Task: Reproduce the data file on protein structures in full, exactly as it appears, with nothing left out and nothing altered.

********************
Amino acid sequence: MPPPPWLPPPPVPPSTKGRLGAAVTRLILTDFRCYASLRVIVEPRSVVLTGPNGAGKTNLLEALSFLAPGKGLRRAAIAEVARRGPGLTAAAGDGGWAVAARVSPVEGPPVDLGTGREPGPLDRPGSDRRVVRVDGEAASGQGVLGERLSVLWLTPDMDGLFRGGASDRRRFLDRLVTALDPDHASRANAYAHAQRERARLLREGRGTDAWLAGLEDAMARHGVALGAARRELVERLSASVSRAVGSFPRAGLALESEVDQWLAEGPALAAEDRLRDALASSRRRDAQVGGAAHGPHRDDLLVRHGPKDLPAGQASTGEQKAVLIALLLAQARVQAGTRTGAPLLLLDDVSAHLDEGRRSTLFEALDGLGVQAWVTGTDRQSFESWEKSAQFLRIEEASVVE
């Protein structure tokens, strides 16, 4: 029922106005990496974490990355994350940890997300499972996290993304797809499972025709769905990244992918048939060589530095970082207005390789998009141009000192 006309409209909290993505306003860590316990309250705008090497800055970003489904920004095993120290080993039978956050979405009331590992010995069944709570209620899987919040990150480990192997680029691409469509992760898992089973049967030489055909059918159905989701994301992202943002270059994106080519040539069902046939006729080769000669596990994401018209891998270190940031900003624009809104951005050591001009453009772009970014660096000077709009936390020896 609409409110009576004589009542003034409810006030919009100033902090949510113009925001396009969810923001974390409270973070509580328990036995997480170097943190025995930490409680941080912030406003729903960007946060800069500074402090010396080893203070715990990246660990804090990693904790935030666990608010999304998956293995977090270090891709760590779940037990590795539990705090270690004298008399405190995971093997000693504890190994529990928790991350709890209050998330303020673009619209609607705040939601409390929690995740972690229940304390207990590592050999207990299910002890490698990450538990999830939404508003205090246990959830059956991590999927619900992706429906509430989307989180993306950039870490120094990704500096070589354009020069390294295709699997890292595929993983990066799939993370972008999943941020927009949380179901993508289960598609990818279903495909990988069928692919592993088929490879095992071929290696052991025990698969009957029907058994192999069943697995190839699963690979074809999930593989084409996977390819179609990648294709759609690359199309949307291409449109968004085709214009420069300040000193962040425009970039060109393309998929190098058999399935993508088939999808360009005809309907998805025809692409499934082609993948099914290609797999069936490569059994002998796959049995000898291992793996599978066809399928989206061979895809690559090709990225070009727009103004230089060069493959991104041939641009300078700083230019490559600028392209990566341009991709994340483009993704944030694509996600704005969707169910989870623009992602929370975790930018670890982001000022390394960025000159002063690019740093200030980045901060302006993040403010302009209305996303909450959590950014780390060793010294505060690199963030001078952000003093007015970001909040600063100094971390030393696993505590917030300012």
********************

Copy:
Amino acid sequence: MPPPPWLPPPPVPPSTKGRLGAAVTRLILTDFRCYASLRVIVEPRSVVLTGPNGAGKTNLLEALSFLAPGKGLRRAAIAEVARRGPGLTAAAGDGGWAVAARVSPVEGPPVDLGTGREPGPLDRPGSDRRVVRVDGEAASGQGVLGERLSVLWLTPDMDGLFRGGASDRRRFLDRLVTALDPDHASRANAYAHAQRERARLLREGRGTDAWLAGLEDAMARHGVALGAARRELVERLSASVSRAVGSFPRAGLALESEVDQWLAEGPALAAEDRLRDALASSRRRDAQVGGAAHGPHRDDLLVRHGPKDLPAGQASTGEQKAVLIALLLAQARVQAGTRTGAPLLLLDDVSAHLDEGRRSTLFEALDGLGVQAWVTGTDRQSFESWEKSAQFLRIEEASVVE
């Protein structure tokens, strides 16, 4: 029922106005990496974490990355994350940890997300499972996290993304797809499972025709769905990244992918048939060589530095970082207005390789998009141009000192 006309409209909290993505306003860590316990309250705008090497800055970003489904920004095993120290080993039978956050979405009331590992010995069944709570209620899987919040990150480990192997680029691409469509992760898992089973049967030489055909059918159905989701994301992202943002270059994106080519040539069902046939006729080769000669596990994401018209891998270190940031900003624009809104951005050591001009453009772009970014660096000077709009936390020896 609409409110009576004589009542003034409810006030919009100033902090949510113009925001396009969810923001974390409270973070509580328990036995997480170097943190025995930490409680941080912030406003729903960007946060800069500074402090010396080893203070715990990246660990804090990693904790935030666990608010999304998956293995977090270090891709760590779940037990590795539990705090270690004298008399405190995971093997000693504890190994529990928790991350709890209050998330303020673009619209609607705040939601409390929690995740972690229940304390207990590592050999207990299910002890490698990450538990999830939404508003205090246990959830059956991590999927619900992706429906509430989307989180993306950039870490120094990704500096070589354009020069390294295709699997890292595929993983990066799939993370972008999943941020927009949380179901993508289960598609990818279903495909990988069928692919592993088929490879095992071929290696052991025990698969009957029907058994192999069943697995190839699963690979074809999930593989084409996977390819179609990648294709759609690359199309949307291409449109968004085709214009420069300040000193962040425009970039060109393309998929190098058999399935993508088939999808360009005809309907998805025809692409499934082609993948099914290609797999069936490569059994002998796959049995000898291992793996599978066809399928989206061979895809690559090709990225070009727009103004230089060069493959991104041939641009300078700083230019490559600028392209990566341009991709994340483009993704944030694509996600704005969707169910989870623009992602929370975790930018670890982001000022390394960025000159002063690019740093200030980045901060302006993040403010302009209305996303909450959590950014780390060793010294505060690199963030001078952000003093007015970001909040600063100094971390030393696993505590917030300012």